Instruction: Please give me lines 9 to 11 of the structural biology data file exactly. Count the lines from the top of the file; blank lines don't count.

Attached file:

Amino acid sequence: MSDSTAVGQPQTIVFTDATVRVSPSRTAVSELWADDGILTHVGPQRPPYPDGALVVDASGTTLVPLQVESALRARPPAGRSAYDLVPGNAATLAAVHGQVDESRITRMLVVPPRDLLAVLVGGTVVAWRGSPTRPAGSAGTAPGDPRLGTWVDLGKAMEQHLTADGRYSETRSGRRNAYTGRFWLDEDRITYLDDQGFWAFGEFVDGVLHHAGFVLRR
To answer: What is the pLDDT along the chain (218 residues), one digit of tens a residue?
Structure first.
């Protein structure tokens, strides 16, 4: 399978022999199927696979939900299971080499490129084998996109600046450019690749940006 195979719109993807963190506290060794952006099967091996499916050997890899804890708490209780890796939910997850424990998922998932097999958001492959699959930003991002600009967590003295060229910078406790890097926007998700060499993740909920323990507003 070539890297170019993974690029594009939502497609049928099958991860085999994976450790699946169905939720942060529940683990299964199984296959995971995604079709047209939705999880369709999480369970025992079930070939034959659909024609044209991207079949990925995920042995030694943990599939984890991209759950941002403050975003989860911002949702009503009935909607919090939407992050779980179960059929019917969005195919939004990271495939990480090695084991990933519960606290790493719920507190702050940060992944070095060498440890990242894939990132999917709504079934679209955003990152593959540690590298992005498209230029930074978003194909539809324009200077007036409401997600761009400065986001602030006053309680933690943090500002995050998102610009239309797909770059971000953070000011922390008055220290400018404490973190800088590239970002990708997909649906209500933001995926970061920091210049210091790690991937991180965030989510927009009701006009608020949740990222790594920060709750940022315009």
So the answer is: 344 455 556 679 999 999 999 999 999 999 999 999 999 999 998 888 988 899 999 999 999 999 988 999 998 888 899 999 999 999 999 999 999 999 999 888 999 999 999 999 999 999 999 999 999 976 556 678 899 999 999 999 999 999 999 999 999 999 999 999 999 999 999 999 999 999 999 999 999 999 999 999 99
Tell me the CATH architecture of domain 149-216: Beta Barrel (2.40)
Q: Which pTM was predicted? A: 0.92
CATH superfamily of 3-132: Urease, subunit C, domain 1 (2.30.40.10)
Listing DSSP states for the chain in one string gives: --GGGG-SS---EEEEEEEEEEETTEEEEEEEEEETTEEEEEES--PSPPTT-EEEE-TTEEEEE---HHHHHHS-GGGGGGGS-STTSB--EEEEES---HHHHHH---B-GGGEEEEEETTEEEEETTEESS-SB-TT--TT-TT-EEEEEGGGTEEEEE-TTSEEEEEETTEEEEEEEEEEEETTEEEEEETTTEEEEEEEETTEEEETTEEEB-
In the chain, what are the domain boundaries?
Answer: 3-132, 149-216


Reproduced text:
Listing DSSP states for the chain in one string gives: --GGGG-SS---EEEEEEEEEEETTEEEEEEEEEETTEEEEEES--PSPPTT-EEEE-TTEEEEE---HHHHHHS-GGGGGGGS-STTSB--EEEEES---HHHHHH---B-GGGEEEEEETTEEEEETTEESS-SB-TT--TT-TT-EEEEEGGGTEEEEE-TTSEEEEEETTEEEEEEEEEEEETTEEEEEETTTEEEEEEEETTEEEETTEEEB-
In the chain, what are the domain boundaries?
Answer: 3-132, 149-216